Notice: Fourth Circuit Local Rule 36(c) States That Citation of Unpublished Dispositions is Disfavored Except for Establishing Res Judicata, Estoppel, or the Law of the Case and Requires Service of Copies of Cited Unpublished Dispositions of the Fourth Circuit.yves Wong; Phyllis Wong; Avista International,incorporated, Plaintiffs-appellants, v. Xavier A. Aragona; John T. Szymkowicz; Aragona &szymkowicz; Melrose Commercial Enterprises,incorporated, Defendants-appellees,andvictor Curcio, Defendant.yves Wong; Phyllis Wong; Avista International,incorporated, Plaintiffs-appellees, v. Victor Curcio, Defendant-appellant,andxavier A. Aragona; John T. Szymkowicz; Aragona &szymkowicz; Melrose Commercial Enterprises,incorporated, Defendants, 61 F.3d 902 (4th Cir. 1995)

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U.S. Court of Appeals for the Fourth Circuit - 61 F.3d 902 (4th Cir. 1995) Submitted: July 12, 1995. Decided: July 25, 1995

Thomas Alan Appel, Sykesville, MD, for Appellant. Brian C. Parker, Mark M. Dumler, Gebhardt & Smith, Baltimore, MD, for Appellees.

Before ERVIN, Chief Judge, MURNAGHAN, Circuit Judge, and BUTZNER, Senior Circuit Judge.

OPINION

PER CURIAM:


This dispute arises out of a failed oil investment venture. In 1987, Yves and Phyllis Wong, citizens of Mauritius, formed Avista International, Inc., in order to obtain business visas for their children.*  The Wong's children and Phyllis Wong were named as the directors and officers of Avista.

In 1989, the Wongs were introduced to Aragona and Szymkowicz by their son-in-law, who was, at the time, a summer law clerk with their law firm, Aragona & Szymkowicz. In July 1989, Yves Wong met with Aragona and Szymkowicz to discuss Avista's possible investment in Melrose, Inc. Melrose was a small closely-held corporation formed by Aragona, Szymkowicz, Victor Curcio, and Robert Deason to import oil from Nigeria. As a result of this meeting, Wong, through Avista, agreed to loan Melrose $180,000 for sixty days at eleven percent interest plus $.05 per barrel of oil on the first three contracts consummated by Melrose. When Melrose failed to pay the loan at its maturity, the Wongs instituted this action alleging (1) breach of contract; (2) breach of fiduciary duty; (3) misrepresentation/ fraud; (4) federal securities fraud; (5) professional negligence (legal malpractice); and (6) that the individual shareholders were liable based on "piercing the corporate veil."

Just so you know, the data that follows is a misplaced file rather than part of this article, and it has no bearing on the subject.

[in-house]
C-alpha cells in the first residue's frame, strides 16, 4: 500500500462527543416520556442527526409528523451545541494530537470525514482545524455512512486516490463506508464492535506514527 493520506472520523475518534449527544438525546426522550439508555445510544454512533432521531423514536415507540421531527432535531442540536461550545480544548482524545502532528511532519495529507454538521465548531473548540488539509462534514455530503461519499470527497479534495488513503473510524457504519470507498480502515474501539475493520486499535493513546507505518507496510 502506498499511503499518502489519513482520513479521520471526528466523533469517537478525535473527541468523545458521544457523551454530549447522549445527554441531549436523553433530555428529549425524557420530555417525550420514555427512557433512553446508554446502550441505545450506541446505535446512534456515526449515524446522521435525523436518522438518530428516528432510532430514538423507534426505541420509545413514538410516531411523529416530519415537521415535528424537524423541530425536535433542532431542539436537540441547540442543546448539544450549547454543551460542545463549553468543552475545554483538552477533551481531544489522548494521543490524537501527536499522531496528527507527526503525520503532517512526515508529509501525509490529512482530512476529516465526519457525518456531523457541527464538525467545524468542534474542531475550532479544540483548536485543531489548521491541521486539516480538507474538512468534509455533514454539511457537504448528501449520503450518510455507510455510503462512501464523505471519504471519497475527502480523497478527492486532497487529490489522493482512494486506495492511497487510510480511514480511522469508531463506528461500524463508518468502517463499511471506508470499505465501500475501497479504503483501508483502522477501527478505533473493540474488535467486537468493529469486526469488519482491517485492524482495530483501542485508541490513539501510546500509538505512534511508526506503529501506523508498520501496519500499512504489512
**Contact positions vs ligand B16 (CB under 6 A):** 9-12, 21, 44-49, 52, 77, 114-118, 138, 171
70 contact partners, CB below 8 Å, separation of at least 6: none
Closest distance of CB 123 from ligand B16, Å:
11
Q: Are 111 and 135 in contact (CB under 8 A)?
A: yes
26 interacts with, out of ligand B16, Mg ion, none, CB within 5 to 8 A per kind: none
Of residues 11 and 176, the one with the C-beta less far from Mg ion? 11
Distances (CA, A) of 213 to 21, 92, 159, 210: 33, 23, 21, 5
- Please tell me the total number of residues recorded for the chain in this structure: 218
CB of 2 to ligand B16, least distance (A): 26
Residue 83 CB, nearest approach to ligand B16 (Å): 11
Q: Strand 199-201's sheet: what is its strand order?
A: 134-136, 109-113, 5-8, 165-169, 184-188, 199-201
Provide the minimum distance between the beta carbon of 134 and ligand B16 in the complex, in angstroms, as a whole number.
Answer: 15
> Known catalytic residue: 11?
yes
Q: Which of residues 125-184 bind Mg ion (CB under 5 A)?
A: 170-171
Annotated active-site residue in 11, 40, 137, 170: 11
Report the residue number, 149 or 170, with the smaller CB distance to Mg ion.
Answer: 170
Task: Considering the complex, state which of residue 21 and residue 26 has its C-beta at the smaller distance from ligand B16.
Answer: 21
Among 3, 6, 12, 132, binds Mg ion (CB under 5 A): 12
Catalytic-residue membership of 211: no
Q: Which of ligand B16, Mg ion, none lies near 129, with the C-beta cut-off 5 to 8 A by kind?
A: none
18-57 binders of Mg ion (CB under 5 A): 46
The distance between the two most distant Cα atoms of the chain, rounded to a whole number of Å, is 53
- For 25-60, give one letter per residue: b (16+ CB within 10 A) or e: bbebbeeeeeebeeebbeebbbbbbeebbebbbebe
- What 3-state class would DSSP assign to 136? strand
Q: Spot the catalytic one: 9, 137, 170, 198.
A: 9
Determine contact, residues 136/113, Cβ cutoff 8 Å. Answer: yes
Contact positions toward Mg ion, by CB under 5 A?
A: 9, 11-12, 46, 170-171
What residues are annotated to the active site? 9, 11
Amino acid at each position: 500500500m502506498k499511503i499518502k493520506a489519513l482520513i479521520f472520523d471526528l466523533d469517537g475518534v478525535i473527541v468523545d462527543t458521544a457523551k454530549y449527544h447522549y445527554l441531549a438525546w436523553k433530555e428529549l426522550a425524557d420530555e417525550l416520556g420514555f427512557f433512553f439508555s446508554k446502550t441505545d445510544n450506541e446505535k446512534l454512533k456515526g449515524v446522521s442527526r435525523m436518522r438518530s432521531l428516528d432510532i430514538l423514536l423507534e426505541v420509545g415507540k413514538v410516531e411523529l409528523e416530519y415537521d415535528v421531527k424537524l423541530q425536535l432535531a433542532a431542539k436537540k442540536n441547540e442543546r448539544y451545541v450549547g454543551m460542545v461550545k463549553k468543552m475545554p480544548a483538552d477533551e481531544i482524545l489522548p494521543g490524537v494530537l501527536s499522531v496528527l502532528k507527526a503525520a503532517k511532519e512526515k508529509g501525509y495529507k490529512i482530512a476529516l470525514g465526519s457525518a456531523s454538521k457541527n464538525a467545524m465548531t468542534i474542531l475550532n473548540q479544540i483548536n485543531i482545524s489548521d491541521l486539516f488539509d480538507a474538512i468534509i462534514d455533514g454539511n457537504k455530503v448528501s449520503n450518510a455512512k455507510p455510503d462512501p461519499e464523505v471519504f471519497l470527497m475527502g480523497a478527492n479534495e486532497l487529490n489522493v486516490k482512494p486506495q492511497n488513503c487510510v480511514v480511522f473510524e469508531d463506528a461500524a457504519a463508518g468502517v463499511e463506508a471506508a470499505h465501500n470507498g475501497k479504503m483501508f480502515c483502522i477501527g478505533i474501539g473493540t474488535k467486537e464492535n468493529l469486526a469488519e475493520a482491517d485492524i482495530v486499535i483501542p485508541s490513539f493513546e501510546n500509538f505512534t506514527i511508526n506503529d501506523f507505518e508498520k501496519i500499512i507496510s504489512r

The district court granted the Wongs' motion for default judgment against Curcio in the amount of $330,000 plus interest ($180,000 on the note plus $.05 per barrel of oil multiplied by three million barrels, or $150,000). In No. 93-1998, Curcio appeals from the district court's order refusing to set aside the default judgment against him.

The district court entered judgments in favor of the remaining Defendants on all claims. In No. 93-1667, the Wongs appeal from the orders (1) granting summary judgment on the breach of fiduciary duty and legal malpractice claims; (2) granting judgment as a matter of law on the securities fraud claim; and (3) denying their objections to the testimony of certain witnesses during the jury trial on the fraud claim.

No. 93-1667. We review de novo the district court's orders granting summary judgment to the Defendants on Counts II and VI (breach of fiduciary duty and legal malpractice). Higgins v. E.I. DuPont De

Nemours & Co., 863 F.2d 1162 (4th Cir. 1988). Summary judgment is only appropriate where the moving party can show that there is no genuine issue of material fact and where the record taken as a whole would not allow a rational trier of fact to find for the nonmovant. Anderson v. Liberty Lobby, Inc., 477 U.S. 242, 248-49 (1986); Celotex Corp. v. Catrett, 477 U.S. 317, 322-23 (1986); Fed. R. Civ. P. 56(c). With this standard in mind, we agree with the district court's finding that the Wongs failed to establish a relationship upon which to base either their legal malpractice claim or their breach of fiduciary duty claim under Maryland law. See Flaherty v. Weinberg, 492 A.2d 618 (Md.Ct.Spec.App.1985) (holding that attorney is not liable to a non-client for professional malpractice); McCoy v. Clark, 319 A.2d 314 (Md.Ct.Spec.App.1974) (listing factors taken into consideration in determining whether fiduciary relationship exists).